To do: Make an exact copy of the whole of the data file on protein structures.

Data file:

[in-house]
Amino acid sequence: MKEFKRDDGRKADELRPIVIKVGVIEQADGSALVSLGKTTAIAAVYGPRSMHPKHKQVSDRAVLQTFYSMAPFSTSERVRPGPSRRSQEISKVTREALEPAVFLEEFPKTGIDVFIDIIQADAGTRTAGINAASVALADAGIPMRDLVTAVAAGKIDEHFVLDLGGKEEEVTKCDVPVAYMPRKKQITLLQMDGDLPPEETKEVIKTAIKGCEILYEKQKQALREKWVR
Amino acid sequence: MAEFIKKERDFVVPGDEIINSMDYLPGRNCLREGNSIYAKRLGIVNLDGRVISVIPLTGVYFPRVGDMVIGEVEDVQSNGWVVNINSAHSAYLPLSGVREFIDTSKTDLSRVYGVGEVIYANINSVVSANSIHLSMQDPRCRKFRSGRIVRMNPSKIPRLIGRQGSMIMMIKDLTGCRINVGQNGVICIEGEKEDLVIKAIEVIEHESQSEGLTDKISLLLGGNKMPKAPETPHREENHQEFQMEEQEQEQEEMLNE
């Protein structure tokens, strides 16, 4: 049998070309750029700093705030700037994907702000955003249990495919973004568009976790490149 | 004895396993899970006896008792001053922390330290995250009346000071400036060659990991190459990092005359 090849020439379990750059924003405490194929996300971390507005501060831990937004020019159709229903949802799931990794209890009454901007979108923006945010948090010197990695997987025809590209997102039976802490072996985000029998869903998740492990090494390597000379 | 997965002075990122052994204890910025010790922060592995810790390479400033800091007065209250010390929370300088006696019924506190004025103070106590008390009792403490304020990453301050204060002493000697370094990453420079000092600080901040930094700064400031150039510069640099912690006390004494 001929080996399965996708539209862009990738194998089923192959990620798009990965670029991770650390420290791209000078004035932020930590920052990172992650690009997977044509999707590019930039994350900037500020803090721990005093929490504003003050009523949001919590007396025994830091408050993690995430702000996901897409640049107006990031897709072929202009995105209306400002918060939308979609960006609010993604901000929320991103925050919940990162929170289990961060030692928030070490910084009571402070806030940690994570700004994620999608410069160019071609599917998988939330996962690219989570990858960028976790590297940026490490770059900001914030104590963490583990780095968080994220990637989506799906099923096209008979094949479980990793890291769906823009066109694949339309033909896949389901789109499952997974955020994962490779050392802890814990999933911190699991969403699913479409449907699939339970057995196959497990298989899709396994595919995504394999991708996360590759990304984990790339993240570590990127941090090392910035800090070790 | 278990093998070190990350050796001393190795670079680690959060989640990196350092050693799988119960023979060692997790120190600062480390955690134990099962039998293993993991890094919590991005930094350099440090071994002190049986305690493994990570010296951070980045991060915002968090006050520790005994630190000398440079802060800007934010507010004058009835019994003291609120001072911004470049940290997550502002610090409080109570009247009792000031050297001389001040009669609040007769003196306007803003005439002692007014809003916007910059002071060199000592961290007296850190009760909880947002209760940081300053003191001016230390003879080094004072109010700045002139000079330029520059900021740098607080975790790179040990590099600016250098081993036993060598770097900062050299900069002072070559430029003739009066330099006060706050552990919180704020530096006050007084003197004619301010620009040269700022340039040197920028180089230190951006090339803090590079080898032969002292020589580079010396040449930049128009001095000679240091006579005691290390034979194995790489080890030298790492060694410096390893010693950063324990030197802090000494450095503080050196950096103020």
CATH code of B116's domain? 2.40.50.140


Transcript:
[in-house]
Amino acid sequence: MKEFKRDDGRKADELRPIVIKVGVIEQADGSALVSLGKTTAIAAVYGPRSMHPKHKQVSDRAVLQTFYSMAPFSTSERVRPGPSRRSQEISKVTREALEPAVFLEEFPKTGIDVFIDIIQADAGTRTAGINAASVALADAGIPMRDLVTAVAAGKIDEHFVLDLGGKEEEVTKCDVPVAYMPRKKQITLLQMDGDLPPEETKEVIKTAIKGCEILYEKQKQALREKWVR
Amino acid sequence: MAEFIKKERDFVVPGDEIINSMDYLPGRNCLREGNSIYAKRLGIVNLDGRVISVIPLTGVYFPRVGDMVIGEVEDVQSNGWVVNINSAHSAYLPLSGVREFIDTSKTDLSRVYGVGEVIYANINSVVSANSIHLSMQDPRCRKFRSGRIVRMNPSKIPRLIGRQGSMIMMIKDLTGCRINVGQNGVICIEGEKEDLVIKAIEVIEHESQSEGLTDKISLLLGGNKMPKAPETPHREENHQEFQMEEQEQEQEEMLNE
């Protein structure tokens, strides 16, 4: 049998070309750029700093705030700037994907702000955003249990495919973004568009976790490149 | 004895396993899970006896008792001053922390330290995250009346000071400036060659990991190459990092005359 090849020439379990750059924003405490194929996300971390507005501060831990937004020019159709229903949802799931990794209890009454901007979108923006945010948090010197990695997987025809590209997102039976802490072996985000029998869903998740492990090494390597000379 | 997965002075990122052994204890910025010790922060592995810790390479400033800091007065209250010390929370300088006696019924506190004025103070106590008390009792403490304020990453301050204060002493000697370094990453420079000092600080901040930094700064400031150039510069640099912690006390004494 001929080996399965996708539209862009990738194998089923192959990620798009990965670029991770650390420290791209000078004035932020930590920052990172992650690009997977044509999707590019930039994350900037500020803090721990005093929490504003003050009523949001919590007396025994830091408050993690995430702000996901897409640049107006990031897709072929202009995105209306400002918060939308979609960006609010993604901000929320991103925050919940990162929170289990961060030692928030070490910084009571402070806030940690994570700004994620999608410069160019071609599917998988939330996962690219989570990858960028976790590297940026490490770059900001914030104590963490583990780095968080994220990637989506799906099923096209008979094949479980990793890291769906823009066109694949339309033909896949389901789109499952997974955020994962490779050392802890814990999933911190699991969403699913479409449907699939339970057995196959497990298989899709396994595919995504394999991708996360590759990304984990790339993240570590990127941090090392910035800090070790 | 278990093998070190990350050796001393190795670079680690959060989640990196350092050693799988119960023979060692997790120190600062480390955690134990099962039998293993993991890094919590991005930094350099440090071994002190049986305690493994990570010296951070980045991060915002968090006050520790005994630190000398440079802060800007934010507010004058009835019994003291609120001072911004470049940290997550502002610090409080109570009247009792000031050297001389001040009669609040007769003196306007803003005439002692007014809003916007910059002071060199000592961290007296850190009760909880947002209760940081300053003191001016230390003879080094004072109010700045002139000079330029520059900021740098607080975790790179040990590099600016250098081993036993060598770097900062050299900069002072070559430029003739009066330099006060706050552990919180704020530096006050007084003197004619301010620009040269700022340039040197920028180089230190951006090339803090590079080898032969002292020589580079010396040449930049128009001095000679240091006579005691290390034979194995790489080890030298790492060694410096390893010693950063324990030197802090000494450095503080050196950096103020």
CATH code of B116's domain? 2.40.50.140